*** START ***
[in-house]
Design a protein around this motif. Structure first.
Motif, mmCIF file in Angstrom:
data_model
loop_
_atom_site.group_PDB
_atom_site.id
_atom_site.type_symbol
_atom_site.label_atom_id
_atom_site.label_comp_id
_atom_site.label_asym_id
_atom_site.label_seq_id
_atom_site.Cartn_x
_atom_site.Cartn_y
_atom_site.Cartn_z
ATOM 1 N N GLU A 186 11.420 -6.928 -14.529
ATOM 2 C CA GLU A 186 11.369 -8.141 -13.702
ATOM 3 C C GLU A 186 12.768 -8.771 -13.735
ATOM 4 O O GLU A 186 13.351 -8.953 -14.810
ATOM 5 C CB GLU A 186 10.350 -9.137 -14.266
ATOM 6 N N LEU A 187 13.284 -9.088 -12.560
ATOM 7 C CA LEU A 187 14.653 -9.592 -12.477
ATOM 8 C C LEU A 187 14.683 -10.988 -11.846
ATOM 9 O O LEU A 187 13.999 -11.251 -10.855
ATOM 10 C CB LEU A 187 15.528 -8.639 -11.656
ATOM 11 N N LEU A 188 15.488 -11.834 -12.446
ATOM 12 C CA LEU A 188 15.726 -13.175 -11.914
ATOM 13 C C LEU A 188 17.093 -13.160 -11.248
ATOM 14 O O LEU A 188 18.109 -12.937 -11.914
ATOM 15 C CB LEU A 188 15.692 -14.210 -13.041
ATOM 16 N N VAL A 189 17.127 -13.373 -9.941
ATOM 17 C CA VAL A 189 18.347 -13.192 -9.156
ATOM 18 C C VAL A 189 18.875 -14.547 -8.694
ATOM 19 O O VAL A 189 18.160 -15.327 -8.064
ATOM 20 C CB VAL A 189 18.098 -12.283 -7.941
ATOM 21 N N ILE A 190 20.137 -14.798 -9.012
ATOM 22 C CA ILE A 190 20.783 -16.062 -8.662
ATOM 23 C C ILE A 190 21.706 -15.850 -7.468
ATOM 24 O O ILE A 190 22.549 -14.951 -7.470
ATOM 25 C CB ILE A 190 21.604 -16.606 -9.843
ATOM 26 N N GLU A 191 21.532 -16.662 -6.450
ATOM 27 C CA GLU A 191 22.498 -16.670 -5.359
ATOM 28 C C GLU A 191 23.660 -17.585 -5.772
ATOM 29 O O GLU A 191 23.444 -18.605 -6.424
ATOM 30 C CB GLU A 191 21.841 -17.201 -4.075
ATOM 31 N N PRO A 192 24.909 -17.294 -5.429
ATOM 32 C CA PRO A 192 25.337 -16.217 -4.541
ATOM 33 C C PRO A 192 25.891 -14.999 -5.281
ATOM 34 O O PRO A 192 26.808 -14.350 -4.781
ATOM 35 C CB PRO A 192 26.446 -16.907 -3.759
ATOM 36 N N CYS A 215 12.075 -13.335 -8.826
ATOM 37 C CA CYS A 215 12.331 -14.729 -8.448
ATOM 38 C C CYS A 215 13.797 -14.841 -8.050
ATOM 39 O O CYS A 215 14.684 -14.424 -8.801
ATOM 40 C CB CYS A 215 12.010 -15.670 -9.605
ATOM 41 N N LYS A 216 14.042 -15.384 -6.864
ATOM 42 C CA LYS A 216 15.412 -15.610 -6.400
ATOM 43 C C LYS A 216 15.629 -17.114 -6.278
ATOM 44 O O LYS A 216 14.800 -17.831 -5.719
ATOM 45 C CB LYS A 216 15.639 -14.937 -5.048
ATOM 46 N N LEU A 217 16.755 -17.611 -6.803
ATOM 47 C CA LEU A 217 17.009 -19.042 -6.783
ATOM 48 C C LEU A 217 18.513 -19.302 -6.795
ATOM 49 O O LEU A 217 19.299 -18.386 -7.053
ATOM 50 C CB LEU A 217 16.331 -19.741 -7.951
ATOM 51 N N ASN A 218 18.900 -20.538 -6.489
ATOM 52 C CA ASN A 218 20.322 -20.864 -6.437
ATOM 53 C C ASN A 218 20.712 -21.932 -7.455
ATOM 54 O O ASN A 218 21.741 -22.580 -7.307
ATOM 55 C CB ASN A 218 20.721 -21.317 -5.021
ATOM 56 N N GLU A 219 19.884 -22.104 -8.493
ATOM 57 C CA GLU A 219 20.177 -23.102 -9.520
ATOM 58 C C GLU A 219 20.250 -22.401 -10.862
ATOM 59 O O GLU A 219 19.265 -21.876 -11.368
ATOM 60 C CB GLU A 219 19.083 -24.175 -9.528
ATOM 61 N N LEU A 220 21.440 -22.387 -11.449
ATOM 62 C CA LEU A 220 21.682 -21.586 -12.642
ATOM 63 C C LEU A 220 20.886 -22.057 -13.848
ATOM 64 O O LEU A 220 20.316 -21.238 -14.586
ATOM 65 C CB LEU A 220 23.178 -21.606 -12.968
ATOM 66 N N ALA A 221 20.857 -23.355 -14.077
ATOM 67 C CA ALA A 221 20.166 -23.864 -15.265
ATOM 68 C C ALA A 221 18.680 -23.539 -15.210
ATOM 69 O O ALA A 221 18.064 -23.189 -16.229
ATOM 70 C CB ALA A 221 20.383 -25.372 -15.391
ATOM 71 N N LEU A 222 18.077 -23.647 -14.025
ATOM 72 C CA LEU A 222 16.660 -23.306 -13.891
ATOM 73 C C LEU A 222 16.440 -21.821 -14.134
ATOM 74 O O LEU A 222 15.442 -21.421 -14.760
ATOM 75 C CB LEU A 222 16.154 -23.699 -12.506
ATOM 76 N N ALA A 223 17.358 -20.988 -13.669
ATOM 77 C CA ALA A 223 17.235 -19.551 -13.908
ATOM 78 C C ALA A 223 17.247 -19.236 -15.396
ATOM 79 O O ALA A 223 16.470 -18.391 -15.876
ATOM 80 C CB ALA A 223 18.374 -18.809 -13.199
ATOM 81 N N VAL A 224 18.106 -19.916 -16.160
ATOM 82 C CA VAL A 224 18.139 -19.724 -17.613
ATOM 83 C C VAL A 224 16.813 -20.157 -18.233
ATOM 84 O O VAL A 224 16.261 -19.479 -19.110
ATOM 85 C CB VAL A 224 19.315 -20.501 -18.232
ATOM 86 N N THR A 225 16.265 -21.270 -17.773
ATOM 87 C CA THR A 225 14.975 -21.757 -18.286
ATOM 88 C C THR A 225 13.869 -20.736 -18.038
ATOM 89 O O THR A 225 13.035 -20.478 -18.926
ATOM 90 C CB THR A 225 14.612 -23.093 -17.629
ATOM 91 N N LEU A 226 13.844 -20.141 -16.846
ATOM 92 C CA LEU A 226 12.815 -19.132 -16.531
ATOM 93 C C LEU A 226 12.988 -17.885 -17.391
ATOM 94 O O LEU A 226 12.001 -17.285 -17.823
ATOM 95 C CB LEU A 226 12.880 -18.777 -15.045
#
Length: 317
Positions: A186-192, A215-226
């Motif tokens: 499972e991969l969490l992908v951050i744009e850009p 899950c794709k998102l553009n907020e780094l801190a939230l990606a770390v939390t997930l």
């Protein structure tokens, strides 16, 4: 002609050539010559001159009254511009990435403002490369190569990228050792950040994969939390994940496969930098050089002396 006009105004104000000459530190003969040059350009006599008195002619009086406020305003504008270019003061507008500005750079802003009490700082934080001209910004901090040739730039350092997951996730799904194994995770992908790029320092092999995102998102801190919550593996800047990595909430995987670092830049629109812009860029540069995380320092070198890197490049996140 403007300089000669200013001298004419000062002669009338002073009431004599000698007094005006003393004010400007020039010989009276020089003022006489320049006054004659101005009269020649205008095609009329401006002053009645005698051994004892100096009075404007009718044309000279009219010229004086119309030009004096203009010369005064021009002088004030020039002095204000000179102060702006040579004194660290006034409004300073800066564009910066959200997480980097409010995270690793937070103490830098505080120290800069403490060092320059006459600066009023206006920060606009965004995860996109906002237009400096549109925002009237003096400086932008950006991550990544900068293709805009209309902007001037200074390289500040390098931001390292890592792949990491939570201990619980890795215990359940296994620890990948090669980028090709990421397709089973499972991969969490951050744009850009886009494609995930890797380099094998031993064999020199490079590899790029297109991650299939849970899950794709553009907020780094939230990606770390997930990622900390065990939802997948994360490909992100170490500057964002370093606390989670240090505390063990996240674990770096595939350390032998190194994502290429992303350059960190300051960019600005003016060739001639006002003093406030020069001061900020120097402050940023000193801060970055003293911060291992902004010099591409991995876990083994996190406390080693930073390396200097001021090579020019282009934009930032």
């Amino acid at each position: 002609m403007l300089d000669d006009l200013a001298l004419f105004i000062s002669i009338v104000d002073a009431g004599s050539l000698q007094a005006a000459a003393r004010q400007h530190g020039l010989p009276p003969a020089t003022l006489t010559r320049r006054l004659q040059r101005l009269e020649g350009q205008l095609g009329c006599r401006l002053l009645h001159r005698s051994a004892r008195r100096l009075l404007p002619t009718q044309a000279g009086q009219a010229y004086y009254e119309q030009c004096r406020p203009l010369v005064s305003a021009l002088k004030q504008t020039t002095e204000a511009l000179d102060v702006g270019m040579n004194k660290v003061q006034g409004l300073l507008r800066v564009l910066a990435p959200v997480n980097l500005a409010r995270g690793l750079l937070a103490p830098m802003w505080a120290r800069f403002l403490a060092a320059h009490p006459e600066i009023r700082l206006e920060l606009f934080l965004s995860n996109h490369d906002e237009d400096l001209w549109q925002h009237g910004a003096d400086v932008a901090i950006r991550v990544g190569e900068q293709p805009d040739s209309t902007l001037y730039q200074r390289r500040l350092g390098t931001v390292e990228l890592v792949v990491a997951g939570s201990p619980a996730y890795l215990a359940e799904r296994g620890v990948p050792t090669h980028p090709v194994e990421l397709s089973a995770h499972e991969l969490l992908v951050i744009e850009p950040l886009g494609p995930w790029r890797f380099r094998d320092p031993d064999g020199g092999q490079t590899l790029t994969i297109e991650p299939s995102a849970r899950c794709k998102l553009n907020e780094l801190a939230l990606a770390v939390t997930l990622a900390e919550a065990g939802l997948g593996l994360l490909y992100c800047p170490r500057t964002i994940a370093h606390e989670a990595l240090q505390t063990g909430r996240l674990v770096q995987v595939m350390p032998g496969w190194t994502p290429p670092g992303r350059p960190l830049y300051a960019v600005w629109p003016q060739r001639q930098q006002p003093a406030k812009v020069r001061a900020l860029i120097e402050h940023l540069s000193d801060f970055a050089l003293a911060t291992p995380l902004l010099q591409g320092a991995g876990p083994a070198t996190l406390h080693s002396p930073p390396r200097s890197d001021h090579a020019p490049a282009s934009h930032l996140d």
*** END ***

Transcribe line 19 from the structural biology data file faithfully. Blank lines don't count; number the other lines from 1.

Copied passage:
ATOM 4 O O GLU A 186 13.351 -8.953 -14.810